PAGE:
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Shrinking the SSN ontology for Wot/IoT applications

From: Kerry Taylor <Kerry.Taylor@acm.org>
Date: Thu, 26 Nov 2015 23:02:36 +1100
Message-Id: <D7C14ED1-40BC-485A-9462-3C1E30D8C34F@acm.org>
To: Public Web of Things IG <public-wot-ig@w3.org>, SDW WG Public List <public-sdw-wg@w3.org>
Dear WoTers and  SDW-ers,
As  Jano mentioned  in the SDW meeting this week when we kicked off our work on the Semantic Sensor Network ontology, SSN is widely used in the context of IoT research.
It is also widely criticised for being "too big" for small devices.  However, this is a furphy.  Because SSN is an OWL ontology it can be  reduced as much or as little as you like by fixing some properties and relationships for particular use cases. This means you can design small fragments very flexibly for all different kinds of devices -- that can then be reassembled as entirely interoperable SSN with an off-the-shelf domain- independent reasoner when you have more resources. For example, the SDW group is also tackling the massive scale of satellite sensing --  and this too requires integration with small-device sensing or even eye-balled ground data  in some of our use cases.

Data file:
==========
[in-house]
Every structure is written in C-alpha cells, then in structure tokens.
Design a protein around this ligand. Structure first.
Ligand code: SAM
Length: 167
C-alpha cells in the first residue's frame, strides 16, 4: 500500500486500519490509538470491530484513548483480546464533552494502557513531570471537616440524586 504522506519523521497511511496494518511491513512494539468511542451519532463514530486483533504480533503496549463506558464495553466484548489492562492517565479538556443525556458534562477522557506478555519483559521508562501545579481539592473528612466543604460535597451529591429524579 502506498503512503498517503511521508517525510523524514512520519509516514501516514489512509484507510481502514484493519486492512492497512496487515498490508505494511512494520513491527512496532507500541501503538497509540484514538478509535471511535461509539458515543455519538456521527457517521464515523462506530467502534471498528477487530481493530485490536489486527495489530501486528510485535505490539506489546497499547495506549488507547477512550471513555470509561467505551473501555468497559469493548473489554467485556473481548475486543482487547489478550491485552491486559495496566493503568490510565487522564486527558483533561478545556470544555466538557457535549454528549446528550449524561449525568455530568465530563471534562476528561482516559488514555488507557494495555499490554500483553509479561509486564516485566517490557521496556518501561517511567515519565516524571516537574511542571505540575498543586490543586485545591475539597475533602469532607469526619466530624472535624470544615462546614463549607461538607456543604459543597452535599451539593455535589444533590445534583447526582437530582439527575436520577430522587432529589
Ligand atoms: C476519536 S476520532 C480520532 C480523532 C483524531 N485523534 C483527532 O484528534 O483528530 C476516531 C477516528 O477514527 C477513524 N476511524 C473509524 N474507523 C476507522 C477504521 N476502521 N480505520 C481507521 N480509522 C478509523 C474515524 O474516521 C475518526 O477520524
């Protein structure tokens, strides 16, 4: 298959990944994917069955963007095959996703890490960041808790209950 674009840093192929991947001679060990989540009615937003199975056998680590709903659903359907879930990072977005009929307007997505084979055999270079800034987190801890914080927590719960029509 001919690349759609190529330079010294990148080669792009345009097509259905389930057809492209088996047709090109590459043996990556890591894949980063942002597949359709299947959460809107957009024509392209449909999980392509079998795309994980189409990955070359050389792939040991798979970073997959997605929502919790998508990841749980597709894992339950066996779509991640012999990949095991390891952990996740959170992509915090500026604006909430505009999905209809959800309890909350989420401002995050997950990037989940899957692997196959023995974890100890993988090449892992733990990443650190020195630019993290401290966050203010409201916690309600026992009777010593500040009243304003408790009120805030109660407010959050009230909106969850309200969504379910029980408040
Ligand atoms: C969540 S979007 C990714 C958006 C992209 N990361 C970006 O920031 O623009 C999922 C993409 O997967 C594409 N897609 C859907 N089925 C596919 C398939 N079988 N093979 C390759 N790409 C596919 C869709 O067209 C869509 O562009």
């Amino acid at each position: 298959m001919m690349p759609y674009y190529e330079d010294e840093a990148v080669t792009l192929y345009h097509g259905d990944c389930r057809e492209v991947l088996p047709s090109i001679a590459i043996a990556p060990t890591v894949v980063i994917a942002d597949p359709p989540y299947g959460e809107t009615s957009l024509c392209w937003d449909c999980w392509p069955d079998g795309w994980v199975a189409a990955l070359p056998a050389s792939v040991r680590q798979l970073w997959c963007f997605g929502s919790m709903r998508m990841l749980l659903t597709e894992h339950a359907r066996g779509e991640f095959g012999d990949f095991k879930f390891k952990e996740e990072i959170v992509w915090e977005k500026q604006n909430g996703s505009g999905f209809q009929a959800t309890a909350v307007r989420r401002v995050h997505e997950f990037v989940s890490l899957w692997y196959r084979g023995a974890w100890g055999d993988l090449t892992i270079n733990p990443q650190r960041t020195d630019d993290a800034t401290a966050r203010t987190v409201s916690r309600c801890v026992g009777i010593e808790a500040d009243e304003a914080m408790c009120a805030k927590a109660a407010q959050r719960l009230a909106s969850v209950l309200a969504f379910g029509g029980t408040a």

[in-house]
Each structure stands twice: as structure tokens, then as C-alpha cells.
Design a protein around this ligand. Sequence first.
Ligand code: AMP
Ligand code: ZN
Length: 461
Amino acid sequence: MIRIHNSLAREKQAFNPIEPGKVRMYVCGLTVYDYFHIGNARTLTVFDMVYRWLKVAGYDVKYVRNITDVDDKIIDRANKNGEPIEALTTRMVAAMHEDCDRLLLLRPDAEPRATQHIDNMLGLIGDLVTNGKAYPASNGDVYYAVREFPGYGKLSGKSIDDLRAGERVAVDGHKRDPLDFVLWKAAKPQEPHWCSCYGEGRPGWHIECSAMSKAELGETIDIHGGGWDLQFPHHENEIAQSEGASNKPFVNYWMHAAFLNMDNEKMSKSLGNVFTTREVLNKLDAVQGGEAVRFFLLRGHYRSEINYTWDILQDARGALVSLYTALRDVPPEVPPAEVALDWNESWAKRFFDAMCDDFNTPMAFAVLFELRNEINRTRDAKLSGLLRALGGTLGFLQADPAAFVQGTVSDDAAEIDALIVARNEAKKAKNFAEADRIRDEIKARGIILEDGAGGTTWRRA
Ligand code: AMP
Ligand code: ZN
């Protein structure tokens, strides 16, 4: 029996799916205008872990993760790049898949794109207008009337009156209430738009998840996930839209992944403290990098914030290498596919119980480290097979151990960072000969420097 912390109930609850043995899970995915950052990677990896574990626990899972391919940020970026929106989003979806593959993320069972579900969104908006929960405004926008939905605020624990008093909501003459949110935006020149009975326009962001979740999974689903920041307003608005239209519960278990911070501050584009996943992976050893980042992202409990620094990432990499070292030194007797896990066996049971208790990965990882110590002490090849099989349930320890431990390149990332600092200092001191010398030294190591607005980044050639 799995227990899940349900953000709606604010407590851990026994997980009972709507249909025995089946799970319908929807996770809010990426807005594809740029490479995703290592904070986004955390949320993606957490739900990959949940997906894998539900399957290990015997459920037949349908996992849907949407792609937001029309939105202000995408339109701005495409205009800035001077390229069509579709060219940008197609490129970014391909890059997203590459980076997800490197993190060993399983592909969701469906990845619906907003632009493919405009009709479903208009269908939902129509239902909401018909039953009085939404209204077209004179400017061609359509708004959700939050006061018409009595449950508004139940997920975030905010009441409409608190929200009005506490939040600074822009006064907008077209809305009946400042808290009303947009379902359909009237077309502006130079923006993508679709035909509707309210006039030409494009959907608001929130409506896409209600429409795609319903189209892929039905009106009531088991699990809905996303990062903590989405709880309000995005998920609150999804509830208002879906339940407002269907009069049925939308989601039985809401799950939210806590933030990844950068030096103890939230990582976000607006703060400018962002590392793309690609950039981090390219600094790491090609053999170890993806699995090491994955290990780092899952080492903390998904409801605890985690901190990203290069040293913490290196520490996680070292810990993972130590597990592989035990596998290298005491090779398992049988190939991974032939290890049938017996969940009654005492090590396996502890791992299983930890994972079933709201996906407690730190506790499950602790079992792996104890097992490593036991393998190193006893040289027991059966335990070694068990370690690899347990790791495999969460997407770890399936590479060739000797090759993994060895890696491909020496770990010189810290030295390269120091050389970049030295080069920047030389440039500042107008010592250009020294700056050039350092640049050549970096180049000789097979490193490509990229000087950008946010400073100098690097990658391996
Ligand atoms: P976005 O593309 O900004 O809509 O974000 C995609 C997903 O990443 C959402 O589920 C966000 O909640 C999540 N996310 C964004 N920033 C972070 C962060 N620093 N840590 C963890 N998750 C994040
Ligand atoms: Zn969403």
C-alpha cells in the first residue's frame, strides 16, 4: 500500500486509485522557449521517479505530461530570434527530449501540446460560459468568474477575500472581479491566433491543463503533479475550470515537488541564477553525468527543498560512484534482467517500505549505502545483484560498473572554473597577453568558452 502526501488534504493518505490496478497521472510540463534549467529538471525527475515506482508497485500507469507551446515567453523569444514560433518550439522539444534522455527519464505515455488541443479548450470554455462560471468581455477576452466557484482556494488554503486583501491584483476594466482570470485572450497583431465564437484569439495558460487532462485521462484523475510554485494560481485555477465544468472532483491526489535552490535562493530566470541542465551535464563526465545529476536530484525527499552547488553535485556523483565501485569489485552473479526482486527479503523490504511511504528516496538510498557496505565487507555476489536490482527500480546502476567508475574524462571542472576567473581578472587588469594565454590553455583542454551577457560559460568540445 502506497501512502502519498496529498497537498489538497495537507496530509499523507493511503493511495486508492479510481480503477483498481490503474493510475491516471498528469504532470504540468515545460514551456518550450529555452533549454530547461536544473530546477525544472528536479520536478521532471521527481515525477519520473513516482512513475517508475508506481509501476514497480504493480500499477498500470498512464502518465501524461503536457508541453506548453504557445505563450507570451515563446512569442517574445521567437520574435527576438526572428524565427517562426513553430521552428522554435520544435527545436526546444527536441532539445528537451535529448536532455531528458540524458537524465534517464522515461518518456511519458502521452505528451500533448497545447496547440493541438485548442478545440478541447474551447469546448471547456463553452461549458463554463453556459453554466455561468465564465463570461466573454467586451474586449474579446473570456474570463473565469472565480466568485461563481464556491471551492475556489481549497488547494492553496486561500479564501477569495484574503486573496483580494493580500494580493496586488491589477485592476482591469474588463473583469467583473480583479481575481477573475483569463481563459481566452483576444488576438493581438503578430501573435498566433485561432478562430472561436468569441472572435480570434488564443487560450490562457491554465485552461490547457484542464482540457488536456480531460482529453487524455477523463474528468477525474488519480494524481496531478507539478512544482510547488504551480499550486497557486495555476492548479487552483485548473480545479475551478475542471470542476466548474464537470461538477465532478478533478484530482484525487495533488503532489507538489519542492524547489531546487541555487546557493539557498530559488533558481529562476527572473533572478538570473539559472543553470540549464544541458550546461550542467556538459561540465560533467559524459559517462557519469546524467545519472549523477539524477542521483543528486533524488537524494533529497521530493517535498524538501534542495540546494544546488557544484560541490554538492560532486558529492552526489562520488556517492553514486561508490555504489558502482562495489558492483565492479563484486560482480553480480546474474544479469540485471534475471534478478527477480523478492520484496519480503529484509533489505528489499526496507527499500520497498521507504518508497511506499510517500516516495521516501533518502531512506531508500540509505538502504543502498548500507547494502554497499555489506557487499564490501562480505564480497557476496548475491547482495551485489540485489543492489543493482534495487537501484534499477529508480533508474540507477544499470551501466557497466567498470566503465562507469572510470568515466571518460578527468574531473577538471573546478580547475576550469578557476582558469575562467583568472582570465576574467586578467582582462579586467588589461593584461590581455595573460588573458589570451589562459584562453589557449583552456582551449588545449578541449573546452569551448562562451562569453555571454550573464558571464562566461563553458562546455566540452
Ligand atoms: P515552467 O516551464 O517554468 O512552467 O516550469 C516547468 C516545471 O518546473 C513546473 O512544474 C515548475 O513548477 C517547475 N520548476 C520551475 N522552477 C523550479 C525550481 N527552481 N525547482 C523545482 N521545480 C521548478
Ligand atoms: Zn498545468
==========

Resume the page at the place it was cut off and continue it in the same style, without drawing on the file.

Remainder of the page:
I have developed an example to show what I mean here, based on the little WoT vocabulary I saw demonstrated at Sapporo. Please do not think I am suggesting I have the right vocabulary here -- I only wanted to demonstrate how it can be done with a few OWL tricks. 

I have shown my examples in turtle and SPARQL -- although SDW is more likely to be talking JSON-LD and maybe WoT will be even smaller (noting even a CSV format can be interpreted as an ontology with some middle-layer processing). I have also used the "modularised" form of SSN for this (SDW people have heard of that), which in this case makes it a bit more complicated and lots of sparql prefixes than are needed for the monolithic ssn -- but dealing with this is very much MUST DO on the SDW agenda.